Less is more: Why the Olympics broadcast beats online

FILE- In this Feb. 19, 2018, photo, a TV screen shows Pedro Causil of Colombia, left on TV and rear left, and Stanislav Palkin of Kazakhstan, right on TV and rear center, competing during the men's 500 meters speedskating race at the Gangneung Oval at the 2018 Winter Olympics in Gangneung, South Korea. When it comes to the Olympics, too much choice can paralyze you with indecision. (AP Photo/Petr David Josek, File)

Less is more: Why the Olympics broadcast beats online

NEW YORK — When it comes to the Olympics, too much choice can paralyze you with indecision. With five television channels, online streaming, virtual reality and Snapchat, where do you even start?

Catch curling on the USA Network, and you might miss that superb — or disastrous — figure skating routine that will be talked about on social media and in the office. Tune into a stream of figure skating, and you might miss that medal-winning run down the slopes.

With an event as sprawling as the Olympics, sometimes the straight-up linear TV broadcast is best, even if you're watching that online. Experts make the choices for you; all you have to do is lean back on your couch.

That's not to say alternatives to the main NBC broadcast are pointless. Die-hard fans of biathlon can choose that and nothing else. Snapchat users who might have skipped the Olympics entirely might at least catch the few minutes of live video offered there each day.

NBC's websites and apps let you catch up on what you missed — though with more than 175 hours of programming on the main channel alone, catching up might have to wait until after the games end.

Among the online standouts:

— THE GOLD: Online streaming brings equality.

NBC focuses heavily on Americans and a handful of medal contenders from other countries in popular sports. To see otherwise obscure athletes, you'll have to catch one of the online streams. Every event is being shown in its entirety online, complete with graphics, slow-motion replays and commentary from the International Olympic Committee's Olympic Broadcasting Services. It feels like a broadcast — just not an American-centric one.

— THE SILVER: Virtual reality offers alternative perspectives.

The 30 events in VR work better as a behind-the-scenes companion than as a replacement for television. For instance, after an athlete starts sliding down the skeleton track, you see crews with brooms fixing the ice for the next competitor. With figure skating, you can linger at the "kiss and cry" area as competitors wait for their scores; television typically cuts to replays.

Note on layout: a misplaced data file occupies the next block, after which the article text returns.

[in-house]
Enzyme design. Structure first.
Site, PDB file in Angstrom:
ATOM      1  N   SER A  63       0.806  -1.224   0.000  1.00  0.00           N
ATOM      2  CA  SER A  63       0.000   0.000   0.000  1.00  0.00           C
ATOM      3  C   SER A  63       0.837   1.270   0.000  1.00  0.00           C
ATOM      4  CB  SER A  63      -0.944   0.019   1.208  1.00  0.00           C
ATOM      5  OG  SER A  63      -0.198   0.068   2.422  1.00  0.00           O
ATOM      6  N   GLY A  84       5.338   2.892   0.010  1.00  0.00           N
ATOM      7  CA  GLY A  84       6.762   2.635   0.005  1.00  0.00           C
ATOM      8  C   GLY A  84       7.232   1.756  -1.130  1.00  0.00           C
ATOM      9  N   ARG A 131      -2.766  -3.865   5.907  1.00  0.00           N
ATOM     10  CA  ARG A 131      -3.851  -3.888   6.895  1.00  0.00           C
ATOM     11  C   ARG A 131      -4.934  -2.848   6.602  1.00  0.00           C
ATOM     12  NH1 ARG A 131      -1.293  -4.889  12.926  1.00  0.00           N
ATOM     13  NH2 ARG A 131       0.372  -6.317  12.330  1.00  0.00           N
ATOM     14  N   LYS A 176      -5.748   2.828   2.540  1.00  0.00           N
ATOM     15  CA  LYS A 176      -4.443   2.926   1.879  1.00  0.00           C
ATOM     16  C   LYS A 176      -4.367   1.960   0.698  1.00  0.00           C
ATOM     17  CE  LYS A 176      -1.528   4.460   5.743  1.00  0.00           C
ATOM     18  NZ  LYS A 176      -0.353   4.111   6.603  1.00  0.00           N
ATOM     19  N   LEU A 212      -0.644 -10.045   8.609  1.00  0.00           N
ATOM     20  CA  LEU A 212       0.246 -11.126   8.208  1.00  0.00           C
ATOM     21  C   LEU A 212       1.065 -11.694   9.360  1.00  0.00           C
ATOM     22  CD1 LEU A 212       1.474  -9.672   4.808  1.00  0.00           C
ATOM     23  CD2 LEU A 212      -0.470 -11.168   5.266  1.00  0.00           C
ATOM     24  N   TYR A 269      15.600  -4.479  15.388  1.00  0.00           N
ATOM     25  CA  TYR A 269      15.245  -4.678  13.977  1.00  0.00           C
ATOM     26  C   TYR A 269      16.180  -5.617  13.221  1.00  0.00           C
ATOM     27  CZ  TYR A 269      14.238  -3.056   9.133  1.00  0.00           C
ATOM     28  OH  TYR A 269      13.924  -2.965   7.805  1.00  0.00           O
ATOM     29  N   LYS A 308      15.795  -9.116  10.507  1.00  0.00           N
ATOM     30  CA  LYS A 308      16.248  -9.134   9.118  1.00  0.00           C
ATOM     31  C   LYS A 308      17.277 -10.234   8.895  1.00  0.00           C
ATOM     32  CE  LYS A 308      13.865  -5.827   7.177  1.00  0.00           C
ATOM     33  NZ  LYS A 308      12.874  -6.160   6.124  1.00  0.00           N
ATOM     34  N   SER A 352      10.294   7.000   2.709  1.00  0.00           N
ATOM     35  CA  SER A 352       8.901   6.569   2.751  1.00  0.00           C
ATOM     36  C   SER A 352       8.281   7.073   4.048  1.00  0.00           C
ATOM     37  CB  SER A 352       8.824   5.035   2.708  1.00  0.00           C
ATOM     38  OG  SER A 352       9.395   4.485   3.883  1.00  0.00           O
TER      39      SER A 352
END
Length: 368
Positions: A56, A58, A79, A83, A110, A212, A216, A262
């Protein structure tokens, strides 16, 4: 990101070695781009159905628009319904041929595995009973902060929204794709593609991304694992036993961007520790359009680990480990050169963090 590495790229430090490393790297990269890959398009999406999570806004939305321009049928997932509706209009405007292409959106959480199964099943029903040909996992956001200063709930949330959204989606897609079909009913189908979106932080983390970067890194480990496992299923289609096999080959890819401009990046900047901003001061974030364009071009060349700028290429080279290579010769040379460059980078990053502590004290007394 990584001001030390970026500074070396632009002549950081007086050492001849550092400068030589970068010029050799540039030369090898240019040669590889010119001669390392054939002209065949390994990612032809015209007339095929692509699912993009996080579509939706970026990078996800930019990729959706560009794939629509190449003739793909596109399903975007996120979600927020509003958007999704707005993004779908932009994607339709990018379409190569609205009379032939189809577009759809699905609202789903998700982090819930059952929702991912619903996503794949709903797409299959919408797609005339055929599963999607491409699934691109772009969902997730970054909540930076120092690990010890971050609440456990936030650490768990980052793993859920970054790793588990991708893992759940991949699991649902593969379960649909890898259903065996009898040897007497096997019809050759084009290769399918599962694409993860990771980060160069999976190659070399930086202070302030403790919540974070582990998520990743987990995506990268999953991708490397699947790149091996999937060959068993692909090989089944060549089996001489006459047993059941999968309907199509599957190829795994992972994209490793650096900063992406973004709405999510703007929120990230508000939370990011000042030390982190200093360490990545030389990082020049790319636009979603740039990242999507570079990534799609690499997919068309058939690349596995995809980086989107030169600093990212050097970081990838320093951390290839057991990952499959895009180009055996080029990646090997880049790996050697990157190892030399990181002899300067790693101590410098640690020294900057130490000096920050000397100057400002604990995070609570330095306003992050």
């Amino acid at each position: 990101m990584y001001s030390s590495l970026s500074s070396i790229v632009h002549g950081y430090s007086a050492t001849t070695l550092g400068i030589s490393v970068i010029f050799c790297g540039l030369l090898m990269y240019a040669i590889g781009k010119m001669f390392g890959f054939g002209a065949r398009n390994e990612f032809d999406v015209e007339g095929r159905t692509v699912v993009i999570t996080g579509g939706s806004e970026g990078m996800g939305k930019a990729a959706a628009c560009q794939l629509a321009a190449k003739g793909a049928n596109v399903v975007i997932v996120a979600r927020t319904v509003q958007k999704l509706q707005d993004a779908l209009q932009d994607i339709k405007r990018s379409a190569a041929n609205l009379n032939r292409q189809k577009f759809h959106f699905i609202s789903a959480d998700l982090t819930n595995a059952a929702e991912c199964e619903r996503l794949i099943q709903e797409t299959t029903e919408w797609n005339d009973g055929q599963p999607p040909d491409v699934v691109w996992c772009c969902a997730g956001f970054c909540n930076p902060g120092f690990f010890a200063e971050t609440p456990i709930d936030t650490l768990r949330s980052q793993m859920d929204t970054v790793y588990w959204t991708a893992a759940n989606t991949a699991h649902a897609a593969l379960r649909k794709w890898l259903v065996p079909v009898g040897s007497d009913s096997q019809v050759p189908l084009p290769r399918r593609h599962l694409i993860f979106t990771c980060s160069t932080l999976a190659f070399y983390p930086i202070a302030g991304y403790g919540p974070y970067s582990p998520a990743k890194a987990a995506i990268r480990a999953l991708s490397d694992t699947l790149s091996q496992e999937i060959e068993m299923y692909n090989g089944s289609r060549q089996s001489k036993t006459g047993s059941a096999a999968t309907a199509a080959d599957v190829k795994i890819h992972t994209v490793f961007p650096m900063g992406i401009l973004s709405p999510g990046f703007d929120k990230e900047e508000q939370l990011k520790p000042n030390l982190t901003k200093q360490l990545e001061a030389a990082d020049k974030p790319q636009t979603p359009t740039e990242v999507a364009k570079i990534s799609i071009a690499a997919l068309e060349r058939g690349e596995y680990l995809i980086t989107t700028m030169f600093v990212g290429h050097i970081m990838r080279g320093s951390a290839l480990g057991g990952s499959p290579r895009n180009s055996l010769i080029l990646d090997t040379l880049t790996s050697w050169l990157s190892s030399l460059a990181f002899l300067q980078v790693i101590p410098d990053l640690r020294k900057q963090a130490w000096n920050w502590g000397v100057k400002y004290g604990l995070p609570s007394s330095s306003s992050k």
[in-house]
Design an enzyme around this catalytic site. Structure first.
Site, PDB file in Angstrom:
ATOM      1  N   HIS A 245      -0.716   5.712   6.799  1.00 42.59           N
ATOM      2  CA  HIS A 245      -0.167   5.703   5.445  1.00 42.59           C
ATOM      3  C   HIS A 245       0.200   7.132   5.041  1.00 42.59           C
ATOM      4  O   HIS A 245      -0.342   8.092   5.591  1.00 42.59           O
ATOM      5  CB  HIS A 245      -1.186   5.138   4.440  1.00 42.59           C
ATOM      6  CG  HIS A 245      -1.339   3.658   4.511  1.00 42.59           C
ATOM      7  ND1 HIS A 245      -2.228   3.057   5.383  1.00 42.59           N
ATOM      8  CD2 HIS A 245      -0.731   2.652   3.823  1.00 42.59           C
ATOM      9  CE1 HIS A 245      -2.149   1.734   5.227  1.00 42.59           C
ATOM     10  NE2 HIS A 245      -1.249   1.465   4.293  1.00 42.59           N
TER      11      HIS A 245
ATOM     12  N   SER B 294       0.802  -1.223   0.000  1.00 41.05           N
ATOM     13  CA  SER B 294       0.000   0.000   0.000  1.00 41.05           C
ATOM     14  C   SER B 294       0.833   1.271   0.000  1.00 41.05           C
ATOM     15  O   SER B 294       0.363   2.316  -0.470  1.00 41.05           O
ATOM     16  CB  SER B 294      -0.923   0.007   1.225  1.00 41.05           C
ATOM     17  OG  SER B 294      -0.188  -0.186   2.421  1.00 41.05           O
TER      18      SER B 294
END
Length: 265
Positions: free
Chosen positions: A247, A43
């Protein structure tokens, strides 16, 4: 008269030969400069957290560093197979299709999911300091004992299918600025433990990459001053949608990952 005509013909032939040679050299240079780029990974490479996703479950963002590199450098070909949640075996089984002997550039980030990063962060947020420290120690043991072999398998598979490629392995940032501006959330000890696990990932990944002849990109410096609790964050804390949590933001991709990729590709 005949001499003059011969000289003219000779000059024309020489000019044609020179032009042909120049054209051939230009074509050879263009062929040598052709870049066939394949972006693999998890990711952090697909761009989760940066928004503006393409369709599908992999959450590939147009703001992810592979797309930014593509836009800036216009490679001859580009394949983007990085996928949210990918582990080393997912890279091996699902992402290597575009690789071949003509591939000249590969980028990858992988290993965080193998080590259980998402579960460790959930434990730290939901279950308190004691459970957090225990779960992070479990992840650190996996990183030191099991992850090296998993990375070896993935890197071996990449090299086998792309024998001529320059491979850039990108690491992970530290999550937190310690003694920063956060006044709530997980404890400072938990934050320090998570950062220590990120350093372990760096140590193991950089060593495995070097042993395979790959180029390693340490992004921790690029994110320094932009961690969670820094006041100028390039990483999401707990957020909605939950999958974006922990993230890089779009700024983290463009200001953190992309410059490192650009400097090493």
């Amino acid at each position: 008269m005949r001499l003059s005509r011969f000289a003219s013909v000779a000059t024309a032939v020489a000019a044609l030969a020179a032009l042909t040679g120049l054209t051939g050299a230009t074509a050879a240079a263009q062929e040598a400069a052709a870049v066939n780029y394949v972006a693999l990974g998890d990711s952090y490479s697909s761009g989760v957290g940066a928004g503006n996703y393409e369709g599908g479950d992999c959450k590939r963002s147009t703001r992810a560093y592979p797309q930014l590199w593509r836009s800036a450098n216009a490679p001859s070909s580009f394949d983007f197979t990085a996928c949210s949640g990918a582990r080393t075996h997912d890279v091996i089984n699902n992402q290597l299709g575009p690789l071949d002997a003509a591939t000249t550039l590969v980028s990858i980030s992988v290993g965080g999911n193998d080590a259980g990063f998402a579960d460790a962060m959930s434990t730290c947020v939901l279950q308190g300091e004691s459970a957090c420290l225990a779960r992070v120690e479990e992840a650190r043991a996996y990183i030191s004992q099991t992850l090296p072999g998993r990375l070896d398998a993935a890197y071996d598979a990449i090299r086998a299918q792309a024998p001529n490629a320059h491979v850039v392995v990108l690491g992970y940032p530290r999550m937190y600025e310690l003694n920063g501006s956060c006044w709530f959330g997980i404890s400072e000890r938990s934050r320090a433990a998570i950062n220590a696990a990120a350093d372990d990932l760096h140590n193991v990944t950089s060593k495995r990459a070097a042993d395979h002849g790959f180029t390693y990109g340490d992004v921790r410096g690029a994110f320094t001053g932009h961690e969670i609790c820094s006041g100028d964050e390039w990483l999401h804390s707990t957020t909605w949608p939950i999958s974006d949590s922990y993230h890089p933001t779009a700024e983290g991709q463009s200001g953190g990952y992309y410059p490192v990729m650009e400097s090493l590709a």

— THE BRONZE: Apps let you personalize.

If you enjoy watching skiers and snowboarders fall — just admit it, you do — Comcast's Xfinity Stream app can give you clip after clip of tumbles and face plants. Likewise, you can get clips of just upsets or thrilling finishes. Comcast also organizes video by sport and selected athletes. Hulu's live-TV service lets you pick your favorite sports, although its offerings aren't as extensive as Comcast's. For everyone else, NBC's app gives you plenty of ways to drill down. You can also customize phone notifications by sport or selected athletes.

How, then, is broadcast better?

For one thing, watching online takes work. With luge and skeleton, for instance, it takes five hours to watch all four runs down the track — longer if you add training runs. There's no easy way to jump straight to an athlete who isn't prominent, such as the lone competitor from the tropical country of Ghana. The ability to jump to any athlete is limited to figure skating and some alpine skiing events.

As for VR, you might feel as though you're in an Olympic arena or on a mountain, but only television can offer close-ups with its zoom cameras. Figure skating, for instance, feels distant; the VR camera's wider shot is of a mostly empty ice rink. With luge, each athlete whizzes by in a second, whereas TV can capture the entire, 45-second-plus run with multiple cameras.

Complain all you want about interruptions in the broadcast for puffy profiles, but they offer a nice break from what looks to an untrained eye like skier after skier making the same run down the slope. (That said, snazzy technology superimposes two skiers on the same image, so broadcast viewers can compare and contrast their runs.)

Also welcome in the broadcast are segments on Korean culture and politics. It's easy to miss those when filtering for specific events or athletes.

Watching NBC's broadcast doesn't necessarily mean watching with an antenna or cable TV set-top box, since the network also offers an online "enhanced view" of its broadcast. The broadcast video appears in a smaller box, leaving room elsewhere for medal counts, trivia and other context. NBC's researchers prepared about a thousand info cards ahead of time. In addition, markers let you jump to specific segments within a broadcast, whether that's snowboarding or figure skating.

And subscribers to Sony's cable-like online TV package, PlayStation Vue, can watch up to three channels at once on a PlayStation 4 console. That makes it possible to have curling on without missing the main action on the NBC broadcast network.

Ultimately, these online enhancements have their roots in television. Watching everything online would take you two and a half months — without sleep. Even if NBC's broadcast couldn't cover everything live, you can count on it for a taste of the 102 events in 15 sports that make up this year's Winter Olympics.

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